What You Will Learn
Courier and delivery services are a $246B/yr industry with high personnel costs and pressure to perform on increasingly short timescales. Consumer interest in next- or same-day delivery has driven recent projects to dramatically reduce the delivery time for both local retailers and large national brands.
All of the currently available delivery services are based on some variant of human courier, whether these workers operate on a purely contract basis (as with Uber) or are employees of a traditional dedicated courier service (as with FedEx). Automation in the courier and delivery space has been applied in package sorting and regional distribution centers, as well as in route planning and schedule optimization, but has not made significant inroads into the actual handling and delivery of packages. The “last mile” has remained a task exclusive to human couriers.
The massive investment (~$150B to date) in autonomous vehicles will ultimately address part of the last mile problem. Most of the 46 corporations listed by CB Insights working on autonomous vehicles target package delivery as a key component of their overall value proposition. But autonomous vehicles can not solve the “curb to doorstep” problem. The package must either be stored in a locker or the customer has to come to the curb to receive the item.
We suggest that a fleet of autonomous vehicles working with curb-to-doorstep robot couriers will be the long-term solution for delivery. Aerial drones, being considered by some retailers for this purpose, have limitations in weight, safety, energy, and regulation. Wheeled robots, including those already implemented for autonomous delivery, have challenges navigating human environments such as stairs. While these solutions may solve a limited set of delivery environments and situations, they cannot be as general or capable as a human courier operating in human environments, which we have made conveniently navigable by legged locomotion.
Agility Robotics, building on a strong research background in physics of legged locomotion, designs and builds bipedal robots that can go where people go. We have demonstrated capable legged locomotion over most human-navigable terrain, including stairs. Our bipedal robot, Digit, incorporates arms that can pick up, carry, and set down packages; sensors that enable the robot to choose foot placement as it navigates rough terrain; and the toughness to handle accidental falls and other hard use, and keep going.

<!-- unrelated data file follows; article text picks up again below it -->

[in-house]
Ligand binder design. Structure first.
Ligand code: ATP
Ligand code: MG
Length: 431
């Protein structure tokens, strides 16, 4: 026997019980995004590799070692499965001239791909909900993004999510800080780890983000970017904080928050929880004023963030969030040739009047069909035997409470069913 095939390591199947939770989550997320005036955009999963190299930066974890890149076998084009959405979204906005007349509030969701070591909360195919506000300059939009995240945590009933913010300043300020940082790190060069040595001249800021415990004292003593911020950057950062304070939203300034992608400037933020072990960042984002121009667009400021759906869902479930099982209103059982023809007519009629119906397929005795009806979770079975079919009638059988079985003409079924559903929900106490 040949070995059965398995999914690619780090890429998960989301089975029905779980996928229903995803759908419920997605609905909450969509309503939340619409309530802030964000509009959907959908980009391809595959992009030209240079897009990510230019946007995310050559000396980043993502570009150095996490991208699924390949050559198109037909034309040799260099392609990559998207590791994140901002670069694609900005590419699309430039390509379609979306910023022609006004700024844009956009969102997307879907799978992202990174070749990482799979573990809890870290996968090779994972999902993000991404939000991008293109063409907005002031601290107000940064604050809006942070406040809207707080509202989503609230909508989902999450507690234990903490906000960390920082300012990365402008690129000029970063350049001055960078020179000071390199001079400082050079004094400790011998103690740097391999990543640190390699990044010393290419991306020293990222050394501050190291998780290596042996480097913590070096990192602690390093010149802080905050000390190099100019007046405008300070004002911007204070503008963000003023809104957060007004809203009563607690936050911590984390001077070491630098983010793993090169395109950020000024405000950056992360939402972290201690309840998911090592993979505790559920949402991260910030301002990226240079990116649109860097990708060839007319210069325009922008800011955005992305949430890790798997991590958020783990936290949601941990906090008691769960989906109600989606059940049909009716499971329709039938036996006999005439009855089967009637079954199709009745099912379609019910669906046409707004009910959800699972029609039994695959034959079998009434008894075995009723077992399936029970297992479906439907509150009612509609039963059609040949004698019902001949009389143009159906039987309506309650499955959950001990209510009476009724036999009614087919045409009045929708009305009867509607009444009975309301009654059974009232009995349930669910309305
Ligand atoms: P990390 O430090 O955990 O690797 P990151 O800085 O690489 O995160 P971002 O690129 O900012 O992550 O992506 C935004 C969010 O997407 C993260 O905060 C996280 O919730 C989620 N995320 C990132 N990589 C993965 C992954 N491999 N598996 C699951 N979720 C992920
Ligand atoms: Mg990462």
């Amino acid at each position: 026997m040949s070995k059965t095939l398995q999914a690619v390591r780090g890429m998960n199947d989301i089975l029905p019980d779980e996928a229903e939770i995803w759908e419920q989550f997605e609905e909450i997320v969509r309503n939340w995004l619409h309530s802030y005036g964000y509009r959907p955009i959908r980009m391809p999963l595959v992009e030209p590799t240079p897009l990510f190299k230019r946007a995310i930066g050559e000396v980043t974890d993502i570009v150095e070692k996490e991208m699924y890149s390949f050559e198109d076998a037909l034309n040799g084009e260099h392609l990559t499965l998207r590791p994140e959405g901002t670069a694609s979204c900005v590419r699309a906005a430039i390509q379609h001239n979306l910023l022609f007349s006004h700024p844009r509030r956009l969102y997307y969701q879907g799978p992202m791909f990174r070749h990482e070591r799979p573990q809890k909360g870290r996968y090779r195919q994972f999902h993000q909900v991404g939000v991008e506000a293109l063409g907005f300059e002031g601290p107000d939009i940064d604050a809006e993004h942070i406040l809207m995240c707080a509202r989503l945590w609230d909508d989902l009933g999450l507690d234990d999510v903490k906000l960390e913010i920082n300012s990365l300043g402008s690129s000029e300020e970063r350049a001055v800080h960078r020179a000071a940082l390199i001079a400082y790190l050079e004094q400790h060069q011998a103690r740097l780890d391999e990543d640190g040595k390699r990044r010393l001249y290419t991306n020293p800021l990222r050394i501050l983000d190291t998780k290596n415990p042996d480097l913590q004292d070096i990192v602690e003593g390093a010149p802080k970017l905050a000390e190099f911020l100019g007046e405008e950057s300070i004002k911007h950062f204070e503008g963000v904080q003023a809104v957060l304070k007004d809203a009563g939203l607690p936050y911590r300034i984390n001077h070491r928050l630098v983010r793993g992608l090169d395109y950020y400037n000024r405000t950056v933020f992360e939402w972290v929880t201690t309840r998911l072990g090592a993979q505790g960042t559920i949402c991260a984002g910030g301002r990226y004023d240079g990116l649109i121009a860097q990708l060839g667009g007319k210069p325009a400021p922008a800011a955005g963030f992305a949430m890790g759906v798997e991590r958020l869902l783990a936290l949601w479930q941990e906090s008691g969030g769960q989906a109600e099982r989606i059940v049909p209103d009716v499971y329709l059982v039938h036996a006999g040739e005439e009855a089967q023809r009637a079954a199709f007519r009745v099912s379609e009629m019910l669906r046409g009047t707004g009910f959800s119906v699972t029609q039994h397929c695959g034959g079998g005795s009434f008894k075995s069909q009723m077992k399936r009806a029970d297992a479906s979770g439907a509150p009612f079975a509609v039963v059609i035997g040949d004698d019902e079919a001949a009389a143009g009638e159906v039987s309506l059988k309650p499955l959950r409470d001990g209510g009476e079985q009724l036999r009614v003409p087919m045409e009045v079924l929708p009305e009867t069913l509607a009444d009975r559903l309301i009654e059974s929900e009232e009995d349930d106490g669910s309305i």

The flexibility of legged robots to move within human environments enables an almost unlimited number of markets to explore applications. We are focusing this capability on the final few meters between an autonomous vehicle and the customer’s delivery location, which offers the opportunity to address a vast market, while also giving the technology time to mature and grow to address other general tasks such as package handling and sorting. We are building the world’s most capable hardware for these tasks, and as the intelligence and perception and mapping capabilities of robotic systems continue to improve, will enable a broad set of use-cases for robots in human environments.
The science is ready; we know how legged locomotion works. The technology is ready; motors are powerful enough, computers fast enough, sensors that are sufficiently capable. It is time to aggressively begin use-case testing and evaluation, to identify the highest-utility applications, and work with partners who seek to gain the experience that enables good choices and effective solutions in implementing the final piece for autonomy in logistics, the last 50 feet of package delivery.